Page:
Park a Lamborghini Huracán on a busy sidewalk or parking lot and you’re going to turn a lot of heads. It’s a car with adventurous body lines exuding performance and excitement even to the untrained eye. Yet there’s one show-stopper that is guaranteed to draw more attention even when parked right beside the most exotic supercars money can buy: the Renault Twizy.
It’s pretty rare for concept cars to ever make it into production as they often simply serve as experiments for designers to have fun with, but Renault following through by making the Twizy into a commercially available vehicle is a welcome surprise. Legend has it that a Korean executive was on vacation in Spain when he saw a Twizy in person. This prompted him to cut his vacation short by immediately paying a visit to Renault, which resulted in manufacturing being moved (with the help of government subsidies) to South Korea within a month. And when you’re with the car in person, it’s easy to see where the excitement comes from.
The Twizy’s concept-car origins shine through with its peculiar looks, especially on the streets of Metro Manila. Its small wheels coupled with a rounded cockpit make it stand out from the sea of SUVs and sedans that seem to blend together on our roads. It seems so out of place in our city that the owner of our demo unit got pulled over by traffic officers thinking it was an unregistered vehicle. In reality, several local units have been registered successfully under LTO’s orange-plate EV classification, but don’t ask us why this electric car sports regular license plates. The Twizy will set you back roughly P700,000 new.
Calling the Twizy a car is a bit of a stretch, given that in Europe it is classified as a quadricycle. But don’t let its tiny stature fool you: It goes just like an EV should. While the 13kW (17hp) electric motor delivering 57Nm of torque seems unimpressive on paper, the lightweight 474kg frame coupled with the instant torque and a very low center of gravity means the car is peppy and agile—especially with the stop-start nature of city driving. The joy of instant acceleration comes guilt-free, too, as the regenerative braking kicks in the moment you lift off the accelerator. This contributes to its impressive 90km reported range from its 6.1kWh lithium-ion battery, which is easily charged via a regular home plug in about three hours. If you need straight-line speed, it goes pretty fast in spite being limited to only 80km/h.
Whether you achieve those speeds depends on your courage and willpower. The electric powertrain feels very well-engineered, and will grant you its top speed rather comfortably. But the lightweight cockpit construction ends up being very rattly on our seemingly off-road pavement. The stock suspension’s short travel means its occupants absorb most of the bumps in the road, but it is upgradeable with softer OEM and aftermarket options.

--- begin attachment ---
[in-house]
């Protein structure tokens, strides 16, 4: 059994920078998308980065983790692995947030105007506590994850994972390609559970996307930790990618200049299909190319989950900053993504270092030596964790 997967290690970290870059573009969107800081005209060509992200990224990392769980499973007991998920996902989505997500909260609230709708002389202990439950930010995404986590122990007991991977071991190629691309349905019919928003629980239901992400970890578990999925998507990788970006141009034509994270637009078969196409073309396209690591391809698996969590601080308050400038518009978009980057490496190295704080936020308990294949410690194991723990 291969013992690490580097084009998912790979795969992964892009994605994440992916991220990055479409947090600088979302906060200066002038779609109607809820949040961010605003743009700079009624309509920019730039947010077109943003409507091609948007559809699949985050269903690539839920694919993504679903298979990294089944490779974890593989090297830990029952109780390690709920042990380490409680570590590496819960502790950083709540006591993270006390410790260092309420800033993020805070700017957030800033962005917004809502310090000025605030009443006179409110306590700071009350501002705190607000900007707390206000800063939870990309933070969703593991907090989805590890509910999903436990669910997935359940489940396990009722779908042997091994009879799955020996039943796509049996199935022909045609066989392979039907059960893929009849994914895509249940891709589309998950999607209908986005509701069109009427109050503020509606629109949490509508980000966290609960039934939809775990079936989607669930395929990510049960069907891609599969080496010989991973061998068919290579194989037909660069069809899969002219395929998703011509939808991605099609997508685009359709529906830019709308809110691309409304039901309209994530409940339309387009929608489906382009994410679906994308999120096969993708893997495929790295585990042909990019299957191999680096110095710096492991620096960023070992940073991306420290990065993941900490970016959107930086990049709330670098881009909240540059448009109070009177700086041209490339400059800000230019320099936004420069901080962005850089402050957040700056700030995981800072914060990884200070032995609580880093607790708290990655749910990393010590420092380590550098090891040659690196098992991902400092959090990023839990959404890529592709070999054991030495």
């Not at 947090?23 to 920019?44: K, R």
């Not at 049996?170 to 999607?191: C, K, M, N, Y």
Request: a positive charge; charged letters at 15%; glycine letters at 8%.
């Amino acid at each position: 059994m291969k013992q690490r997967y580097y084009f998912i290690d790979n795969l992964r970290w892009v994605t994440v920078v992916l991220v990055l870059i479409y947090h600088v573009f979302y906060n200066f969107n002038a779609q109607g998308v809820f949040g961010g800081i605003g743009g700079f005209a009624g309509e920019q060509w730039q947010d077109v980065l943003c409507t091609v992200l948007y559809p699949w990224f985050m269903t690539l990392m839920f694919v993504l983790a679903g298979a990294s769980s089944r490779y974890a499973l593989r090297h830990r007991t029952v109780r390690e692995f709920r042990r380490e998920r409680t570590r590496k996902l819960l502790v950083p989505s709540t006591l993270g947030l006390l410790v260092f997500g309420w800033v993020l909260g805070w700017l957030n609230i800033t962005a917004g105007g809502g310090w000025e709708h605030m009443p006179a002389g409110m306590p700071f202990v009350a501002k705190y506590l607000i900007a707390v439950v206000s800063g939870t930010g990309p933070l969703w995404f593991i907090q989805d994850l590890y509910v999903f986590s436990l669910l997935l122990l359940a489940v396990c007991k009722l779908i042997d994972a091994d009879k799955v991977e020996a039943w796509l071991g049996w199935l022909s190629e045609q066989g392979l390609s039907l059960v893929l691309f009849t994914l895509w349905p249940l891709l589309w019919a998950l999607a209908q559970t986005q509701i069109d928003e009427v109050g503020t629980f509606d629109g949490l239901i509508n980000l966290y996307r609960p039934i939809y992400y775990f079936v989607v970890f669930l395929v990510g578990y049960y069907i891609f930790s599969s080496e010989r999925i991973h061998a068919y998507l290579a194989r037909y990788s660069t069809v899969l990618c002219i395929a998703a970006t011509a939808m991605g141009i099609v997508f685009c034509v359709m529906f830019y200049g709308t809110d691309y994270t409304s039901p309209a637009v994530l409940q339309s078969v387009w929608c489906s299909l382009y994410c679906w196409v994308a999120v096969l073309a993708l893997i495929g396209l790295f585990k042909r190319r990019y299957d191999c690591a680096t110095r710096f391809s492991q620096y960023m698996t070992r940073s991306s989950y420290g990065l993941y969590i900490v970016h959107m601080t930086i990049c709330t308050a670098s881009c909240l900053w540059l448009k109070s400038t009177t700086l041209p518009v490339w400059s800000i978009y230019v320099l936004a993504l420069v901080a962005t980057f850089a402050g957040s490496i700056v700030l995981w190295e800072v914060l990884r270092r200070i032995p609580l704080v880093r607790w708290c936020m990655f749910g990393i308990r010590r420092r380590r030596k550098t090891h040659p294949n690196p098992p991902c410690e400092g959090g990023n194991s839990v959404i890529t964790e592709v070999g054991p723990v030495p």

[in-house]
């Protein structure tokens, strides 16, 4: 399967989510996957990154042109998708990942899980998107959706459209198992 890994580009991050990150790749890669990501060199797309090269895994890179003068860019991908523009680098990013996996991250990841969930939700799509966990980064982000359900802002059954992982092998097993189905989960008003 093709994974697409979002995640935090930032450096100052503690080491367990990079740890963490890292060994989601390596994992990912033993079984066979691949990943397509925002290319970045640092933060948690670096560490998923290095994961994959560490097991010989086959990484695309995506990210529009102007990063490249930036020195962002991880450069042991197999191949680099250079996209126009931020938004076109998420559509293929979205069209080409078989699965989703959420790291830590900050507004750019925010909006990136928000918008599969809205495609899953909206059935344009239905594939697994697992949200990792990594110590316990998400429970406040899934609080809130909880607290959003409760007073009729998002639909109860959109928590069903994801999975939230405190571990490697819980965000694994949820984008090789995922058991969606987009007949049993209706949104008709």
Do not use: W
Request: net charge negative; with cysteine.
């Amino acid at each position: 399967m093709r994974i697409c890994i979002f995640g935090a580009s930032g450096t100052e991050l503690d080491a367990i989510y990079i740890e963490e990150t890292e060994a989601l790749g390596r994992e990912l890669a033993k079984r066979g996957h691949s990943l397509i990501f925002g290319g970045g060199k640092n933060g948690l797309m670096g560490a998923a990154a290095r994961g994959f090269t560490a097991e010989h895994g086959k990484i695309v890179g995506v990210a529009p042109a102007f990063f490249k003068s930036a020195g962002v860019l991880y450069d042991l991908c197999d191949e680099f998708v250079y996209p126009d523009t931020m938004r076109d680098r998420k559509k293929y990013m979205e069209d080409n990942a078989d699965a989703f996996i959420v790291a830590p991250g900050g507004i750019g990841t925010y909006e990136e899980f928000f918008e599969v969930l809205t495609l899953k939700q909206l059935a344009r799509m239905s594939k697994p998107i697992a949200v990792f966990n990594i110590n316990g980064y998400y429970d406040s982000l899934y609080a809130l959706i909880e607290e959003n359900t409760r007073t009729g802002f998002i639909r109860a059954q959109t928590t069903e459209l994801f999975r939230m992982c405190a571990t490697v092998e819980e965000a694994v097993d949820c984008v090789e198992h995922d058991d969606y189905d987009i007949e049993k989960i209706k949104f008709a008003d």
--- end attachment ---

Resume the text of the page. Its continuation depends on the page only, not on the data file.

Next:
Yes, that’s occupants. Plural. The Twizy seats two people, but the rear passenger will have to endure a somewhat cramped position. In contrast, the driver’s seat offers a lot of room both forward and to the side, and the very low sitting position actually makes putting things on the floor beside you a natural thing to do. The aftermarket plush seats that the owner installed make urban motoring surprisingly comfortable.
The instrument cluster is rather short and sweet. You get all the information you need in one glance. This simplicity extends to the rest of the dashboard, with bare-bones functionality that still somehow doesn’t leave you wanting for more. You get decent storage space with glove boxes on either side of the dash, and your hazard lights and mode selectors are to the left. Buttons for basic Bluetooth connectivity and hands-free media functionality can be found beside the steering wheel, as well as stalks that handle the lights and the wipers. The Twizy does come with a pedestrian alert chime switch on the left stalk alongside the peculiarly placed horn button. The handbrake is reminiscent of older cars’ under-the-dash affair, albeit with the handle (and the operation) of a modern lever. While crash safety has been put under question, airbags and seatbelts do come as standard.
The Twizy’s lack of air-conditioning rears its ugly head in the sweltering tropical heat
The Twizy’s lack of air-conditioning rears its ugly head in the sweltering tropical heat. Several have tried to retrofit the Twizy, but the battery simply can’t handle such a large auxiliary load. And thus the attempts either have failed or are rather impractical. The owner of this Twizy—who also runs Luxury Cars Manila—simply resorted to aftermarket fans for staying cool, and it’s barely adequate in preventing the cabin from turning into a bake oven. While the rain may seem like a respite from the heat, the plexiglass scissor doors (that don’t come as standard, by the way) provide a less-than-adequate seal that may render the occupants damp during a shower.
And therein lies the problem: It’s hard to find the Twizy’s place in our city. It’s not the most practical vehicle for cargo or passengers; you’re under the mercy of the weather and the elements; and it’s not particularly easy or cheap to get hold of locally. It’s the perfect runabout car for the city as a small electric vehicle with a distinct personality. It’s easy to charge and maintain, but the need it fulfills feels too niche to warrant the price tag (not to mention the hoops you have to jump through to get it imported and registered). Yet somehow, it made us smile.
It still does when we think about it.